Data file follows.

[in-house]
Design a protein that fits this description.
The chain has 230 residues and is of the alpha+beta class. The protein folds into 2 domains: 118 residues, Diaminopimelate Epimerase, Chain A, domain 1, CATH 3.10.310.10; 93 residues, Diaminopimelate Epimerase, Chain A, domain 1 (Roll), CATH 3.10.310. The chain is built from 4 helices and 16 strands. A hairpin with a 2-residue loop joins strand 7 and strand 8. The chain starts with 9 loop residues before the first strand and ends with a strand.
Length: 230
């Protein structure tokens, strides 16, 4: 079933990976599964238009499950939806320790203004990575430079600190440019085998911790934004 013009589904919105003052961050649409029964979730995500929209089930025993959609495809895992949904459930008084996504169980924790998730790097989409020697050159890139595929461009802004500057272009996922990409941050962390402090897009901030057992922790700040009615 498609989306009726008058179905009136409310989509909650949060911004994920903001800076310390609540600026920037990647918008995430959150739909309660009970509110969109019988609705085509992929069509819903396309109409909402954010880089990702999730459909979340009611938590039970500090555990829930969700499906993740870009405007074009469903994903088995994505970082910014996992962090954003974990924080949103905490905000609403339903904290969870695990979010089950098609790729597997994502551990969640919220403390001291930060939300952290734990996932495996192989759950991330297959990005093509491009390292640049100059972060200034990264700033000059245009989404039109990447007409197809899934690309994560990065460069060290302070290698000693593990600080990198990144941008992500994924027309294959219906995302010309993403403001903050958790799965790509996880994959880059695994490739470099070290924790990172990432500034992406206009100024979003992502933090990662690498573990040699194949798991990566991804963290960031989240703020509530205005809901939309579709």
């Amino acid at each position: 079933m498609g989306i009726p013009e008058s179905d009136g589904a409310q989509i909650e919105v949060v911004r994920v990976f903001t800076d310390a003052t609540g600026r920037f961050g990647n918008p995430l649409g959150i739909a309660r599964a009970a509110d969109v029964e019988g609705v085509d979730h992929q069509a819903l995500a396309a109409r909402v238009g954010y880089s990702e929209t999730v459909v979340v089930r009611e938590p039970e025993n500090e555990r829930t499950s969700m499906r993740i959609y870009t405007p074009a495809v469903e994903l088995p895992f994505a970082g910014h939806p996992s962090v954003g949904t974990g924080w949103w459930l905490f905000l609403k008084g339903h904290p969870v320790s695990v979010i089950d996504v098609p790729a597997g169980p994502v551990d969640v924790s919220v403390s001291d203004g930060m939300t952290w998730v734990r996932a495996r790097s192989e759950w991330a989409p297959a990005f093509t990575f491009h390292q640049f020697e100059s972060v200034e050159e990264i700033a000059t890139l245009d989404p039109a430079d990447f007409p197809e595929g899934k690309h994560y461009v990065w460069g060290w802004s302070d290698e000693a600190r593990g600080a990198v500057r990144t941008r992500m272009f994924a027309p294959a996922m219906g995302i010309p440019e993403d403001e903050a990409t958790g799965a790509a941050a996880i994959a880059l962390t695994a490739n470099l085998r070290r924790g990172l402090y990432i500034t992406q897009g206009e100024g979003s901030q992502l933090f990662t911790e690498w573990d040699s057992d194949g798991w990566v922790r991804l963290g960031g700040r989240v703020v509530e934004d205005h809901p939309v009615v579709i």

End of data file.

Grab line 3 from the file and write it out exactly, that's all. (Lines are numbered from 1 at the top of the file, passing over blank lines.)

The chain has 230 residues and is of the alpha+beta class. The protein folds into 2 domains: 118 residues, Diaminopimelate Epimerase, Chain A, domain 1, CATH 3.10.310.10; 93 residues, Diaminopimelate Epimerase, Chain A, domain 1 (Roll), CATH 3.10.310. The chain is built from 4 helices and 16 strands. A hairpin with a 2-residue loop joins strand 7 and strand 8. The chain starts with 9 loop residues before the first strand and ends with a strand.